Tag Archives: Edustats

Is New York City Headed Toward a Collaborative School System Eschewing Testing for Project-Based Learning or Using Tests to Batter and Punish Schools? Schizophrenia Abounds

As the opening of school approaches CityandState, an online website hosts an Education Summit. The guest speaker was Richard Carranza, the chancellor, I blogged about his presentation here.  and included an audio of his presentation.

The chancellor announced a new initiative, Edustats, and gave a brief discussion.

Yesterday the City Council conducted a hearing on excessive testing and I signed up to testify. The chair of the committee, Mark Treyger, is a New York City high school teacher on leave.

The council has oversight responsibility; in a mayoral control city the council has no authority over schools; except, to hold public hearings.

The purpose of Tuesday’s meeting was to give exposure to the 38 high schools that have a waiver from the New York State Education Department (NYSED) Regents Examination requirements. The waiver schools only require the English Regents; students present in-depth research papers in Social Studies, Mathematics and Science. The state has been renewing the waivers since the 90’s; the current waiver is for five years. The schools are part of the Performance-Based Standards Consortium , a not-for-profit run by the estimable Ann Cook, The Consortium functions as sort of a somewhat independent cluster within the larger school system. Numerous chancellors and commissioners have approved the waivers, some reluctantly and not without external political pressures.

Laura Chin, the # 2 at the Department of Education testified at the hearing and mentioned Edustats, the new Department initiative; Treyger pressed her on the program. The Department will require periodic assessments, the Executive Superintendents will review the results with Superintendents, and Chin described the process as similar to the New York Police Department (NYPD) Comstat system. Borough commanders meet with precinct commanders and review data, detailed crime statistics, and grill the precinct commanders: what have they done to respond to statistical increases in the crime data? Why isn’t it working? The precinct commanders despise the process: public shaming with the threat of job removal. While the precinct commander can move patrol cops from one area to another schools can’t prevent evictions or provide food for families or more racially integrated schools.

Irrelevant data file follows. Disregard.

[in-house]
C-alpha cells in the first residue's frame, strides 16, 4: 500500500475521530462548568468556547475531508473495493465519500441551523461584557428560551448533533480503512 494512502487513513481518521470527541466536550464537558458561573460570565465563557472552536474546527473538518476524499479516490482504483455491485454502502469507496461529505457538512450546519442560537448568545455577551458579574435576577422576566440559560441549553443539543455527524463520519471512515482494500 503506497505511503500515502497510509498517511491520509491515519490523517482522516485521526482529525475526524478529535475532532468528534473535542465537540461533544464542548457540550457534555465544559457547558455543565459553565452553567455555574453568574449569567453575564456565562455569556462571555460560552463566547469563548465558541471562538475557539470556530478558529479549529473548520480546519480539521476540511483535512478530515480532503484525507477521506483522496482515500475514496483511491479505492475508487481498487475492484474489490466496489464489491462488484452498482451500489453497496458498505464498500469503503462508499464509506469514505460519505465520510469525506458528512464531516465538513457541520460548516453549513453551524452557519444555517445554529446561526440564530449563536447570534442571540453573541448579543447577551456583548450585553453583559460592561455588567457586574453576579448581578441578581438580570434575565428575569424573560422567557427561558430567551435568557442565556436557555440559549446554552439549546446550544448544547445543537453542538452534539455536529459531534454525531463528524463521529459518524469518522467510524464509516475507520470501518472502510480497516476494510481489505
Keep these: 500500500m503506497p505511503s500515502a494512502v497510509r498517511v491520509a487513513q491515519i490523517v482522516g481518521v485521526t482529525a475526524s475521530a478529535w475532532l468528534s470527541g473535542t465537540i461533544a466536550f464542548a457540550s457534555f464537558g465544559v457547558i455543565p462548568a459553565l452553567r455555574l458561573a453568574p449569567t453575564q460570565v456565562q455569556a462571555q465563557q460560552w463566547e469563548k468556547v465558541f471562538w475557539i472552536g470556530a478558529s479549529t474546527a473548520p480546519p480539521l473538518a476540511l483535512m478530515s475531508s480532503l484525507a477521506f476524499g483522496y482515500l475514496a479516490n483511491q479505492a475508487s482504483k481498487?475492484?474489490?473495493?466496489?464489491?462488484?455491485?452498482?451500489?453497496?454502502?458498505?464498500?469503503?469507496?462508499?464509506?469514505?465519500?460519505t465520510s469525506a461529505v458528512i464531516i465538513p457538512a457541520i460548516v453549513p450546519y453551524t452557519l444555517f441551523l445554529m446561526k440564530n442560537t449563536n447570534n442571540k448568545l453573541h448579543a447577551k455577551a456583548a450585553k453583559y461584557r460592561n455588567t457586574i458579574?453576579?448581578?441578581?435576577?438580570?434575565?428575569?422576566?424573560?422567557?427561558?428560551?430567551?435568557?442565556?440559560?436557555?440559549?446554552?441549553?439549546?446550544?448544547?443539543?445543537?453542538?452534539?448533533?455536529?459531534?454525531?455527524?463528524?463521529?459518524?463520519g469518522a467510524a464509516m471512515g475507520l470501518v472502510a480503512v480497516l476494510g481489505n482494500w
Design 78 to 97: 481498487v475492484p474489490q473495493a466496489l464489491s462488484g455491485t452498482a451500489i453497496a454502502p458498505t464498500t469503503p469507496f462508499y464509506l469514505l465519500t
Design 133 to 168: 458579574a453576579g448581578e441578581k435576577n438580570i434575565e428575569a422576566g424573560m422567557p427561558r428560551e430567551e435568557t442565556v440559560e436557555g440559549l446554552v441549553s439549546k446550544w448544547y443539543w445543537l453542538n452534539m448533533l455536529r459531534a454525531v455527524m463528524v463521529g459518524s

According to Chin every school would create an Instructional Leadership Team to address the Edustats results. (Don’t we already have School Leadership Teams?)

Chin responded to questioning describing the system as a benign “in-house” self-assessment.

In my testimony I described Edustats as educational “Hunger Games.”

For decades school districts have been implementing similar approaches. They are all based on a fallacy: given proper “motivation” and “information” all teachers can raise all test scores. A flawed belief system: there is a “magic” bullet that will raise test scores.

Teachers assess data every day.

Who is absent, late, crying, sad, wearing dirty clothes, hungry, addressing these “data” is a key part of the teaching/learning process.

Every lesson we teach contains “tests for understanding,” we ask questions, we call on volunteers and non-volunteers, check student work, we give quizzes, written work, we re-teach in another format, we are constantly searching for the proper “tool” that will help the student learn and be able to apply the concept.

Schools are complex entities, they attempt to build cultures of inquiry, cultures of collaboration, cultures of caring. The hierarchy can support inquiry-based school cultures. Charlotte Danielson’s other book, “Talk about Teaching: Leading Professional Conversation” explores the power dynamic in schools and how school leaders can engage in meaningful dialogues with teachers.

School leaders can observe lessons with the goal to evaluate by finding flaws or engage in a two-way dialogue with the teacher.

The chancellor has been emphasizing removing bias and culturally relevant-sustaining education they may remove obstacles to effective teaching and learning, and may not.

The most effective predictor of test results is parent education and income.

The New School Center for NYC Affairs study, “A Better Picture of Poverty” identifies in-school and out of school “poverty risk load factors.” Our current school management structure fails to deal with the social/emotional side of the equation, fails to address factors beyond the classroom that impact the student within the classroom.